Although MMSET mediates methylation of H3K36, a histone modification associated with gene activation, it is clear from gene expression profiling and the ability of MMSET to interact with corepressors that the protein may also have a role in gene repression.7,8,11,19 To further investigate MMSET-mediated repression that could lead to the inactivation of miR-126/126* locus, we identified MMSET partner proteins. For this purpose, MMSET linked to an N-terminal streptavidin/calmodulin tag was expressed in 293 cells and affinity-purified, and associated proteins were identified by mass spectrometry (Supplementary Figure 4). A streptavidin/calmodulin-tagged nuclear GFP protein was purified in parallel as a control, in order to identify nonspecific binding proteins. Duplicate experiments identified 19 candidate proteins that associated with MMSET but not with tagged GFP (Supplementary Figure 4C). Among them, KAP1 (TRIM28), a previously identified corepressor that interacts with KRAB zinc-finger transcriptional repressors and the H3K9 methyltransferase SETDB1,20 was selected for further analysis. The interaction between MMSET and KAP1 was confirmed by co-immuno-precipitation in the t(4:14)-positive KMS11 and KMS28 MM cell lines, with HDAC1/MMSET interaction serving as a positive control7,19 (Figure 4a). MMSET was detected as a smaller species in KMS28 cells, because of the linkage of the immunoglobulin locus to a more 3′ location of the MMSET gene, which deletes part of the N-terminus of the protein.1 We next determined whether KAP1 was critical for the ability of MMSET to repress miR-126* and promote c-MYC protein levels. KMS11 cells transduced with an shRNA directed against KAP1 showed an almost 3.5-fold increase in miR-126* expression (Figure 4b), and a large decrease in c-MYC protein levels (Figure 4c). This effect was accompanied by a modest decrease in cell proliferation (Figure 4d) and no appreciable change in the level of MMSET (Figure 4c). These results indicated that KAP1 is a key factor in the repression of miR-126* expression and could mediate MMSET-dependent regulation of this miRNA.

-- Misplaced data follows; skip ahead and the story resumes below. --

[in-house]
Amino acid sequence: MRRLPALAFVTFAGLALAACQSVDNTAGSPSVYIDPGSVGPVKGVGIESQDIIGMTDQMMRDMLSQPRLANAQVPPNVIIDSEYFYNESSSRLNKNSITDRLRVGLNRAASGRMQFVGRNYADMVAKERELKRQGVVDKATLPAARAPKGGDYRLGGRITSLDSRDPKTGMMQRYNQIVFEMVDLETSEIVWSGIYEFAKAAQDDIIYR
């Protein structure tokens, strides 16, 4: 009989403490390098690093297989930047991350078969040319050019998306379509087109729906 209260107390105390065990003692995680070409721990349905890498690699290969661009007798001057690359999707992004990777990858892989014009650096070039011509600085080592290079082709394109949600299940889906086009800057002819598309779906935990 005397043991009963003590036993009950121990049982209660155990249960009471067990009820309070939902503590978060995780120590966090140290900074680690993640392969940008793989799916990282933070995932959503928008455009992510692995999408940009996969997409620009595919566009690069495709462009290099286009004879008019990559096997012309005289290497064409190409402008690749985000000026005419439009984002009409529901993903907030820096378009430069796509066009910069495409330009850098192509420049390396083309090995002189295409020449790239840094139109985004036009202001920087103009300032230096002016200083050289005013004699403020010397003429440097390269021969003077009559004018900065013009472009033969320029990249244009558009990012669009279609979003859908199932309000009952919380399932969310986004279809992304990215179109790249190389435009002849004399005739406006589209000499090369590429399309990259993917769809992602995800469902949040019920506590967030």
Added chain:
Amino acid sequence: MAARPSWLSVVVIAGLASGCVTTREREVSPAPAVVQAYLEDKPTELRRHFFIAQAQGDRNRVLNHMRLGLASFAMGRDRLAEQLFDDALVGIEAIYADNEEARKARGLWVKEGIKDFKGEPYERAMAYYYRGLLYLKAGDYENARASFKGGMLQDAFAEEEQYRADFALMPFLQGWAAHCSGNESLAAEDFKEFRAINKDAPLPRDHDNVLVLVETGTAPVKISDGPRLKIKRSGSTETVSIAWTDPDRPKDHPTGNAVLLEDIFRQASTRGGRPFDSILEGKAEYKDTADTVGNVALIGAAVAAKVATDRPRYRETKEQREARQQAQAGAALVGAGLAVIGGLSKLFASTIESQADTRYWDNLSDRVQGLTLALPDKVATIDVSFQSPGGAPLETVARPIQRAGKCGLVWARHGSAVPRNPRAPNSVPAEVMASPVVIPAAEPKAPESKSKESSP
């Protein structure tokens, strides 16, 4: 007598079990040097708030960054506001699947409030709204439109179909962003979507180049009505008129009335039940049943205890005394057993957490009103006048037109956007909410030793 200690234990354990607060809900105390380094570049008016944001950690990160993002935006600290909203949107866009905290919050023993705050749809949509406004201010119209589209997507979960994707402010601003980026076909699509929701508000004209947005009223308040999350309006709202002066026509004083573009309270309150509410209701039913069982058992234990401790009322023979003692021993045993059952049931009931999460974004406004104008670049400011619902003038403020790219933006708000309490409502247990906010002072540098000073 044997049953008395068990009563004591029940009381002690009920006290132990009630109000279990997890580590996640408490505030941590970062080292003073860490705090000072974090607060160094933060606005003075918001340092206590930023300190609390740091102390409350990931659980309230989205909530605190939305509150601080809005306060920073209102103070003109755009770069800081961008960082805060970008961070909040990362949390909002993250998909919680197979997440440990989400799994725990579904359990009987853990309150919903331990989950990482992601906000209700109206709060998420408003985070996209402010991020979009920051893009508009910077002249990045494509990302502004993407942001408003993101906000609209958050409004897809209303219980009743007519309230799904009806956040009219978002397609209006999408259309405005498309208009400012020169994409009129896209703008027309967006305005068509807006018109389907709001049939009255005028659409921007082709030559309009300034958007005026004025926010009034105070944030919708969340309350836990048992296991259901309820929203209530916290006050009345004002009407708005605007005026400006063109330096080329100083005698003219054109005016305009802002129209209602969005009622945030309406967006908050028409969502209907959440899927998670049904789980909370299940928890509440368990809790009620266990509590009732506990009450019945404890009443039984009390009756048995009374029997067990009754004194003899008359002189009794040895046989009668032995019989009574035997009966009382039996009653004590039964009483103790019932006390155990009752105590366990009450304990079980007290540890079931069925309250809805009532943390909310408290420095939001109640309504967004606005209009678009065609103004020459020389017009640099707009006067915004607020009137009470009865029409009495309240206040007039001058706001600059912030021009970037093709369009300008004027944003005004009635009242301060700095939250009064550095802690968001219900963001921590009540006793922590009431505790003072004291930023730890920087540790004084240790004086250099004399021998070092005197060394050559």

To determine whether KAP1 and MMSET might have a direct role in the repression of miR-126* expression, ChIP experiments were performed. In KMS11 cells, endogenous MMSET binding was detected at sequences near the predicted TSS of pre-miR-126*, as well as 10 kb upstream. shRNA-mediated knockdown of MMSET led to the loss of its binding at these sites (Figure 5a). The presence of MMSET at the miR-126* promoter was associated with the presence of H3K9me3, a mark enriched in inactive regions, which decreased upon MMSET depletion (Figure 5b). KAP1 was reported to bind to chromatin enriched in H3K9me3 sites21 and, accordingly, ChIP assays also showed that KAP1 was bound at the TSS of pre-miR-126* enriched for H3K9me3 (Figure 5c). Moreover, MMSET knockdown led to a complete loss of KAP1 enrichment at this locus (Figure 5c). In contrast, histone H3 acetylation, a mark indicative of gene activation, increased at both sites of pre-miR-126* upon MMSET knockdown (Figure 5d). H3K36 methylation, a modification altered globally by MMSET and associated with transcriptional elongation, was relatively low at both sites of premiR-126* and was unaffected by MMSET knockdown (data not shown).
In a complementary experiment, we performed the same ChIP assays in the t(4;14)-negative RPMI-8226 cell line harboring GFP, wild-type MMSET or mutant MMSET-Y1118A. As expected, the ectopic expression of wild-type and mutant MMSET in RPMI-8226 cells led to its enrichment at both sites of pre-miR-126* (Supplementary Figure 5A). Although the presence of wild-type MMSET was associated with increased H3K9me3 and decreased H3 acetylation, mutant MMSET led to little change of these modifications when compared with the GFP control (Supplementary Figure 5B and C), correlating with the expression levels of miR-126* previously detected by quantitative real-time PCR (qPCR). Collectively, these data suggest that on certain loci such as that of miR-126/126*, MMSET can mediate transcriptional repression. Moreover, these results indicate that both MMSET and KAP1 bind the miR-126* locus, and that the presence of KAP1 at the locus depends on MMSET binding, suggesting that KAP1 may be recruited by MMSET and/or H3K9me3 to repress miR-126*.